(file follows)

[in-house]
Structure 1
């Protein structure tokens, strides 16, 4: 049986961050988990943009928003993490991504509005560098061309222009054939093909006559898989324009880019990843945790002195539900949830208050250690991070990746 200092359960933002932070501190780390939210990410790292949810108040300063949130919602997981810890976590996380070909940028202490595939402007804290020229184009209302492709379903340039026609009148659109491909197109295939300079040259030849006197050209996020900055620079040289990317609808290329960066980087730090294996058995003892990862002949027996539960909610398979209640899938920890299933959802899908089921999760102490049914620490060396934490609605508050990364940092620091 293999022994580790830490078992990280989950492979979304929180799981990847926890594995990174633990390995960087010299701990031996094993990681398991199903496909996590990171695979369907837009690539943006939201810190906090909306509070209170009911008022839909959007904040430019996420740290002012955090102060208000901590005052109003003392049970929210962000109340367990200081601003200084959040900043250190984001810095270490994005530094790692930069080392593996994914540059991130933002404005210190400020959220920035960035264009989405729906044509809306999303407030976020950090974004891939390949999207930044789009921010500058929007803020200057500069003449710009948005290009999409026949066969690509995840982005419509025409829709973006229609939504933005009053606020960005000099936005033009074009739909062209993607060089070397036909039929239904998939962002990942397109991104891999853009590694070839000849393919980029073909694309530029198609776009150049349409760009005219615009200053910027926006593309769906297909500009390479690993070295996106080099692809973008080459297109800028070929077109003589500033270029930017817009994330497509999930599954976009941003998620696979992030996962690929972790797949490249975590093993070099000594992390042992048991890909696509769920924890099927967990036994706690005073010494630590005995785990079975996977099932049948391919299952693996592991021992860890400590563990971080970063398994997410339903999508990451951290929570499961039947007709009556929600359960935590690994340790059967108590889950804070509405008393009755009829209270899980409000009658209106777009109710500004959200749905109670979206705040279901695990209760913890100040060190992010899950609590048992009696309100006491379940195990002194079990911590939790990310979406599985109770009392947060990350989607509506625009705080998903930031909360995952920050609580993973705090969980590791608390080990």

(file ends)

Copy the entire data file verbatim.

[in-house]
Structure 1
């Protein structure tokens, strides 16, 4: 049986961050988990943009928003993490991504509005560098061309222009054939093909006559898989324009880019990843945790002195539900949830208050250690991070990746 200092359960933002932070501190780390939210990410790292949810108040300063949130919602997981810890976590996380070909940028202490595939402007804290020229184009209302492709379903340039026609009148659109491909197109295939300079040259030849006197050209996020900055620079040289990317609808290329960066980087730090294996058995003892990862002949027996539960909610398979209640899938920890299933959802899908089921999760102490049914620490060396934490609605508050990364940092620091 293999022994580790830490078992990280989950492979979304929180799981990847926890594995990174633990390995960087010299701990031996094993990681398991199903496909996590990171695979369907837009690539943006939201810190906090909306509070209170009911008022839909959007904040430019996420740290002012955090102060208000901590005052109003003392049970929210962000109340367990200081601003200084959040900043250190984001810095270490994005530094790692930069080392593996994914540059991130933002404005210190400020959220920035960035264009989405729906044509809306999303407030976020950090974004891939390949999207930044789009921010500058929007803020200057500069003449710009948005290009999409026949066969690509995840982005419509025409829709973006229609939504933005009053606020960005000099936005033009074009739909062209993607060089070397036909039929239904998939962002990942397109991104891999853009590694070839000849393919980029073909694309530029198609776009150049349409760009005219615009200053910027926006593309769906297909500009390479690993070295996106080099692809973008080459297109800028070929077109003589500033270029930017817009994330497509999930599954976009941003998620696979992030996962690929972790797949490249975590093993070099000594992390042992048991890909696509769920924890099927967990036994706690005073010494630590005995785990079975996977099932049948391919299952693996592991021992860890400590563990971080970063398994997410339903999508990451951290929570499961039947007709009556929600359960935590690994340790059967108590889950804070509405008393009755009829209270899980409000009658209106777009109710500004959200749905109670979206705040279901695990209760913890100040060190992010899950609590048992009696309100006491379940195990002194079990911590939790990310979406599985109770009392947060990350989607509506625009705080998903930031909360995952920050609580993973705090969980590791608390080990």